The first time I died, I was six.
On a sandy shore in San Diego, a family reunion of sorts was taking place. I don't remember the names of most of the people there. My parents were there, and Grandpa Jack and Meme, and several cousins- they were surely the same cousins as at that other get together where they climbed that mountain in Victorville near Grandpa Jack's house and had to bring extra water but didn't bring all of the water jugs back and that made Grandpa Jack angry. They were there. And they were almost adults, so the all-the-way adults and the almost-adults were at picnic tables, talking.
There's a beach at Mission Beach, did you know that? I don't like sand now, but I don't remember not liking sand then. I left and walked alone along a lot of wet sand that was next to a line of rocks, and I saw a dead fish. It wasn't very big, and it hadn't been dead long, and a seagull was eating it. I scared the seagull away, found a driftwood stick, and popped the fish's eye. I dropped the stick and kept walking.
I came to a part of the beach where there were more people. Kids, too! Two of the kids had a boat. One of the kids was black, and one was white, and they were wearing their shirts in the boat! I only had swim trunks on. They were paddling back and forth along the shore in their boat, and I wanted to ride in it. I asked them if I could ride in their boat. They said no. I suggested we play Godzilla.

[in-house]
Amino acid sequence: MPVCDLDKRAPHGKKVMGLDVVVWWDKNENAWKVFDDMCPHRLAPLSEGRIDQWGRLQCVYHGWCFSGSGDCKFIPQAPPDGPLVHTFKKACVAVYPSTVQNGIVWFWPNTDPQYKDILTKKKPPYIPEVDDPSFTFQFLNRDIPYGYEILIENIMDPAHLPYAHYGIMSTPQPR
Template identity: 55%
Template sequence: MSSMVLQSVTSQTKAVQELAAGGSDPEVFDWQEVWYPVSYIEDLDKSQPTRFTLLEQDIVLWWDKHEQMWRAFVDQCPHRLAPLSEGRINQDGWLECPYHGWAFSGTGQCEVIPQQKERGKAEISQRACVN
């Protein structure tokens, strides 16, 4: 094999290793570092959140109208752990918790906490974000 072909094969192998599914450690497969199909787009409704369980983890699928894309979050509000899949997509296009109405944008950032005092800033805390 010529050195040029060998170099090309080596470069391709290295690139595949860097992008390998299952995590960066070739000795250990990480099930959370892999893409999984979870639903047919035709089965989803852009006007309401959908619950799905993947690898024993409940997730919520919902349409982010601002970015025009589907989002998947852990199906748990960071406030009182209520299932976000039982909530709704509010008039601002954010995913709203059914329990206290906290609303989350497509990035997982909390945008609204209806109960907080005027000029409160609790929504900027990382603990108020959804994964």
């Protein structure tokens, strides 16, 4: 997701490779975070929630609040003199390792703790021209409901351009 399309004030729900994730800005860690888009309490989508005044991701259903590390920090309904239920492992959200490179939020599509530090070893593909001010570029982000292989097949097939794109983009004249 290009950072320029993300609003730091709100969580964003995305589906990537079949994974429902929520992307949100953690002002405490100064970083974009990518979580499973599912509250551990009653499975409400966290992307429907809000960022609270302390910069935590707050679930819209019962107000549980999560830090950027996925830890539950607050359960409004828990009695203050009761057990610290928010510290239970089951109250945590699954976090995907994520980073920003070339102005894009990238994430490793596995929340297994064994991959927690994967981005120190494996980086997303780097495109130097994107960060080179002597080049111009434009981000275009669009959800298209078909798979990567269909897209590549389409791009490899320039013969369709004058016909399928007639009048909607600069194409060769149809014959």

All I knew about Godzilla at this point was that he was black and white, and Mothra was color. Godzilla stomped back and forth and yelled. Surely I was equal to this task. I walked in the shallow water.
I stomped back and forth. I yelled a monstrous yell.
The boys in the boat put on a good show of paddling away from me, mock terror on their faces. I continued to stomp towards them, arms held out before me, the water coming up past my hips, and then my chest, and then suddenly the ground fell away and the water was over my head.
As I tried to swim, my arms were flailing before me just as they were when I was Godzilla, and because I didn't know how to swim this was worse than any monster movie. I could see the boys looking over the edge of their boat, and I could see the air leaving my body in a cloud of bubbles, and then I could only see the light green water above me and the dark green water below me and then I couldn't see anything. Then I couldn't feel anything. Then I wasn't anything.
I came to on the beach. A woman in a swim cap and a one piece bathing suit was kneeling over me and asked if I was all right. I said I was, and then I ran away back to the picnic area where the adults were having adult conversations. I hadn't been missed, but now I'd been gone too long. Something could have happened. I had to sit on my hands for the rest of the day.
It was worse than drowning.
I still wish I had told that woman "Thank you."